After months of delay, the state legislature is pushing through significant reforms to address a crisis of absenteeism in Chicago's elementary schools. City education officials, meanwhile, say they are exploring many options but have implemented only limited initiatives.
A bill expected to reach a floor vote this week would lower the state's compulsory school attendance age from 7 to 6, putting Illinois in line with most states and giving officials leverage over parents who keep their youngsters out of class for weeks or longer. Closely related versions of the legislation have passed the Senate and House.
A second measure, which won final legislative approval Tuesday, will create a task force composed of top state and city officials to craft solutions for the early-grade absenteeism, which is especially pervasive among African-American students and those with disabilities.
Both measures were prompted by a Tribune investigation that found roughly 32,000 Chicago elementary students — or 1 in 8 — missed at least a month of classes during the 2010-11 school year, while thousands more simply vanished from the attendance rolls.
Chicago Public Schools officials last year pledged to work "aggressively" on truancy solutions, noting that the missed school days cripple the futures of disadvantaged youths and cost the district millions in funding keyed to attendance.
In a recent interview, a CPS official pledged that additional funding would be devoted to anti-truancy measures next year but said the dollar amount would not be known until the budget takes shape in coming weeks. City officials say they want an "all hands on deck" approach to absenteeism that would involve community groups and parents as well as school administrators.
A handful of Chicago school administrators currently focus on attendance and sometimes make home visits, but the district eliminated its army of truancy officers in a 1992 budget-cutting measure. Since then, CPS has cycled through more than a dozen truancy programs while collecting few if any data showing whether the strategies worked or why some failed.
Today, when students go missing, overburdened principals and attendance clerks told the Tribune that they primarily rely on a "robo-calling" system that often fails to connect to anyone because phone numbers are out of date, incomplete or not in service.
One small but promising intervention is a pilot program called "Check & Connect" that uses federal and private foundation grants to assign trained mentors to roughly 450 at-risk children in grades one through eight. CPS is in the planning stages of expanding coverage to 300 to 400 additional elementary students.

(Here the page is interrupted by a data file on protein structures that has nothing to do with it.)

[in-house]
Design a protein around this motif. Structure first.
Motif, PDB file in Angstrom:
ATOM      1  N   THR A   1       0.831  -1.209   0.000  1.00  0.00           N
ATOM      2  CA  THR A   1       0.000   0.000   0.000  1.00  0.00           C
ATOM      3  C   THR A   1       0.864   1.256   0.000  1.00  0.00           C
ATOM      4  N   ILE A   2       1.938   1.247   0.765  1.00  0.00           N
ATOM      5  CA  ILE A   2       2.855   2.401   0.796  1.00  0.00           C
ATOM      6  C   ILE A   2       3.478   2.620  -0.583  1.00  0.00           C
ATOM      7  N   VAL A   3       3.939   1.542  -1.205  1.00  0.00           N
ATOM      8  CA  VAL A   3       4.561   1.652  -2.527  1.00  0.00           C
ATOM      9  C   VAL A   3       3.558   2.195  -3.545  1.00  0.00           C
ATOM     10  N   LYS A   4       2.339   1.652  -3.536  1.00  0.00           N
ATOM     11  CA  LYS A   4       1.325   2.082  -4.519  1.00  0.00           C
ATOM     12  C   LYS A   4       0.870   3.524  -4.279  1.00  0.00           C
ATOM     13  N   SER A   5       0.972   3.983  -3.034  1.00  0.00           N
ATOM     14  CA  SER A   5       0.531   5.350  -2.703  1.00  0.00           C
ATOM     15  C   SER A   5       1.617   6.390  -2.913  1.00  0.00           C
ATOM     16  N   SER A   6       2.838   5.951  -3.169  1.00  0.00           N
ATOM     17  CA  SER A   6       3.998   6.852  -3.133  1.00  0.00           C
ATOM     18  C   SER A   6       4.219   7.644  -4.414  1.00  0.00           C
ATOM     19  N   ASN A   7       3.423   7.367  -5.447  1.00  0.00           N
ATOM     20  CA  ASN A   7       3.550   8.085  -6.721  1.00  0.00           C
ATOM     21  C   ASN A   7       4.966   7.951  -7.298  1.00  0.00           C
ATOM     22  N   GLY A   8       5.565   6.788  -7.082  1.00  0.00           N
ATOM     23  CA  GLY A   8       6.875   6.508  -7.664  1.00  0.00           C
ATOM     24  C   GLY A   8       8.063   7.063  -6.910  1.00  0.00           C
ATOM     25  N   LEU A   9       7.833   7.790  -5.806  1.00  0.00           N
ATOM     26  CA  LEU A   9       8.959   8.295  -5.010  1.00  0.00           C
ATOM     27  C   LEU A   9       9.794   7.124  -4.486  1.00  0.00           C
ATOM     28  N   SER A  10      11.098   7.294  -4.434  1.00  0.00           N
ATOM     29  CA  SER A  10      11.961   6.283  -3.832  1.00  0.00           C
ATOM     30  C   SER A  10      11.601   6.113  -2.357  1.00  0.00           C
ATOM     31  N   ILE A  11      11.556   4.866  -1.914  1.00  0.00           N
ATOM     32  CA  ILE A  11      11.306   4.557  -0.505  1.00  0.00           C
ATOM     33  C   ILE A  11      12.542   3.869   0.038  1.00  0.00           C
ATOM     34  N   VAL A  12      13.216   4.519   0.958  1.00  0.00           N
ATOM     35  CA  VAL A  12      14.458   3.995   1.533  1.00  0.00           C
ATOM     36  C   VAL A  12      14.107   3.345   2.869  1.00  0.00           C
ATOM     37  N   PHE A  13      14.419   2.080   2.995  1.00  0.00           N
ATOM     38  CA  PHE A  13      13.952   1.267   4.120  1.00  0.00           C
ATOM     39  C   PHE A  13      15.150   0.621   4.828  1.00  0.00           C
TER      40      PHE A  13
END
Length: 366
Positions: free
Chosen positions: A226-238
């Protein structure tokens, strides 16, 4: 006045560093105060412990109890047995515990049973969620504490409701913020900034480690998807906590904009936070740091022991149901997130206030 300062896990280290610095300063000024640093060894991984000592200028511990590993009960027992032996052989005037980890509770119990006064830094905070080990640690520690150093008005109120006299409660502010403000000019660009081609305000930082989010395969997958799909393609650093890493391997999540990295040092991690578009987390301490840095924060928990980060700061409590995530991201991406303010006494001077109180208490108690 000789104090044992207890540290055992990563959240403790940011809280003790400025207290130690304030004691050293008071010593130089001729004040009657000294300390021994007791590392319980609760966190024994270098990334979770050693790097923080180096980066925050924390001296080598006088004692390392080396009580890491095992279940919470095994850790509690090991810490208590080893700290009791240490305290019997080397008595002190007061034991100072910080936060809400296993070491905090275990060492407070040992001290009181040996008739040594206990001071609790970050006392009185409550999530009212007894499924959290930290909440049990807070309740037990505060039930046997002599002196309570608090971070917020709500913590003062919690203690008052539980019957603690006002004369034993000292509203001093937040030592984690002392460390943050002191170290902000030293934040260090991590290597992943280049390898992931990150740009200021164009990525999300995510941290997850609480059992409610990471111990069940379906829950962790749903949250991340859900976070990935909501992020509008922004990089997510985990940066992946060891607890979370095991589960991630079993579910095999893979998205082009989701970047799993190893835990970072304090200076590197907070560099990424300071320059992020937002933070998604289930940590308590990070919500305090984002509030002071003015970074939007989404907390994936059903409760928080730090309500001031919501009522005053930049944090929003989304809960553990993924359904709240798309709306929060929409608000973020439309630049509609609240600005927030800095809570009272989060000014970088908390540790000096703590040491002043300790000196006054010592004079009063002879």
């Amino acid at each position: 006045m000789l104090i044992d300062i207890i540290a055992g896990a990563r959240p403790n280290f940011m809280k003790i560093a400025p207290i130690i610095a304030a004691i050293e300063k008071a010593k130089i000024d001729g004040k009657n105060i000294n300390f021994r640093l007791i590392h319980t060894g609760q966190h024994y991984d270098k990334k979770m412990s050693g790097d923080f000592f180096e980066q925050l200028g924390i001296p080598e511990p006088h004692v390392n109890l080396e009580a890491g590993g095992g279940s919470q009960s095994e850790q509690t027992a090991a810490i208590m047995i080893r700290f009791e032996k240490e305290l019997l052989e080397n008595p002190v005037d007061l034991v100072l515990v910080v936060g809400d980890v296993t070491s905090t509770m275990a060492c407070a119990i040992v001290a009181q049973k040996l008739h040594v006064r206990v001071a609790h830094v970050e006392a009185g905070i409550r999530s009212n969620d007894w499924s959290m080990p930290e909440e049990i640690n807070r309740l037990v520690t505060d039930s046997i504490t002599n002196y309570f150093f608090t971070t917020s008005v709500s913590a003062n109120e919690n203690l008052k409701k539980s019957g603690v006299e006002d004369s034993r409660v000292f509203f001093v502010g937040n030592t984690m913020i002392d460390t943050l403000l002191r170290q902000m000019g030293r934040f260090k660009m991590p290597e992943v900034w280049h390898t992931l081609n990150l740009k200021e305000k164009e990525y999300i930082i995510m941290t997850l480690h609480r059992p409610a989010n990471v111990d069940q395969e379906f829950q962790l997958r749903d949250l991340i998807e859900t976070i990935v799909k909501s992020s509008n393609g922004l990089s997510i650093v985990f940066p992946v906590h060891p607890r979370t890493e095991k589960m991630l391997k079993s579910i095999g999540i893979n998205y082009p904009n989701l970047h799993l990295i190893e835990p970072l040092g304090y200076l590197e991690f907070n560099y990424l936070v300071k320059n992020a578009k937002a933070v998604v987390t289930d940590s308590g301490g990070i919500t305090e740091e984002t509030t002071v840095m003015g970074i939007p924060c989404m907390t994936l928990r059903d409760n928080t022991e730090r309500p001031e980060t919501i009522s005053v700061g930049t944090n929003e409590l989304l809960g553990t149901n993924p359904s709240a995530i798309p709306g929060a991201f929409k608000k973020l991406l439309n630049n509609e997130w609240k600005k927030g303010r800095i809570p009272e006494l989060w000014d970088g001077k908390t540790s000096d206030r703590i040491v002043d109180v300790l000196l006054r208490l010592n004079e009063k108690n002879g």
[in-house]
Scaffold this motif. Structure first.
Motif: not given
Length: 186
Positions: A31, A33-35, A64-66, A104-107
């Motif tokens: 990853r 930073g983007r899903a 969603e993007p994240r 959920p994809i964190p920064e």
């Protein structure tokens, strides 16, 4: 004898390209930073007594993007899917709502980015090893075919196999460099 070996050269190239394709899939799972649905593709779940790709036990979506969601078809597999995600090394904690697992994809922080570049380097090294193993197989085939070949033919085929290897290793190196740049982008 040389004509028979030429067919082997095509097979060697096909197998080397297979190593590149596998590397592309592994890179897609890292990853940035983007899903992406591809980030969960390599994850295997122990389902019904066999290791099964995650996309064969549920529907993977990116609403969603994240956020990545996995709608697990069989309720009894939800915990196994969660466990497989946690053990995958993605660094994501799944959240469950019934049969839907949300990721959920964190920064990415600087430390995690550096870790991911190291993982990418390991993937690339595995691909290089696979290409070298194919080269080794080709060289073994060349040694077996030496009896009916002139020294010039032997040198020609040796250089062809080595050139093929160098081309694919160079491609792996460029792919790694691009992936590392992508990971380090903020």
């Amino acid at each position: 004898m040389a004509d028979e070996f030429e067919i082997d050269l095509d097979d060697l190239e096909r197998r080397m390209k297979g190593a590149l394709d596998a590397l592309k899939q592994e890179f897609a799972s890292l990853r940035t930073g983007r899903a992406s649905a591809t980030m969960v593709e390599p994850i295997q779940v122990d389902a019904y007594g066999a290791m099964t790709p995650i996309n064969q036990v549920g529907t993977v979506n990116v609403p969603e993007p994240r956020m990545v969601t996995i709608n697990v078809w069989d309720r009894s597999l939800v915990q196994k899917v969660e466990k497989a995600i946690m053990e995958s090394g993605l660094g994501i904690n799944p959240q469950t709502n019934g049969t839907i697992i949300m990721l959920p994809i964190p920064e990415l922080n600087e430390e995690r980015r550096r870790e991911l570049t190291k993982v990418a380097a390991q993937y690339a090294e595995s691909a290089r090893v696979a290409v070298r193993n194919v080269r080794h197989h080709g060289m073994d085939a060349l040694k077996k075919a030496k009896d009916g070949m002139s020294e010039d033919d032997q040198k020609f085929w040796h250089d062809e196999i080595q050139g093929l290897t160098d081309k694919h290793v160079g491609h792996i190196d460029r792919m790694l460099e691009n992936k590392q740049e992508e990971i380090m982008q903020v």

While the two-year Check & Connect program is only at its midway point, preliminary data indicate that the weekly, hourlong visits or calls from mentors reduced school absences by 10 to 25 percent among the fifth- through eighth-grade participants, said Northwestern University associate professor Jonathan Guryan, one of the program researchers. The program appeared less effective in the earliest grades, according to interviews.
Another CPS anti-truancy initiative would tap Chicago's three "re-engagement centers," where high school dropouts and truants can get help with re-enrollment or simply find a haven from the streets. CPS plans to use personnel from the centers to locate and provide guidance to an estimated 250 middle school dropouts in order to determine whether that contact gets kids back to class.
Lawmakers and community leaders have worried that Chicago's absenteeism could worsen with the closing of 49 elementary schools this fall, because many of those facilities are in impoverished African-American communities where truancy is especially high. Youths already with a tenuous connection to school will have to travel farther to attend classes, sometimes crossing dangerous gang boundaries.
To quell those concerns, Chicago officials plan to expand the Safe Passages program and place "community watchers" in the blocks around each of the receiving schools.
In grades K-8, poor attendance often stems from factors beyond the schools' control or even the child's — chaotic homes, ineffective parents and rising rates of poverty and homelessness. Authorities in other areas have found there is no silver bullet for the problem but have focused on strategies that stress cooperation among various government agencies, including police, courts, child welfare authorities and state social workers.
In Chicago, Michael Toomin, chief juvenile court judge, said he recently reached out to CPS officials and "offered to help in any way we can." There were a couple of meetings, Toomin added, but "our efforts have not been very fruitful to date."Copyright © 2015, The Baltimore Sun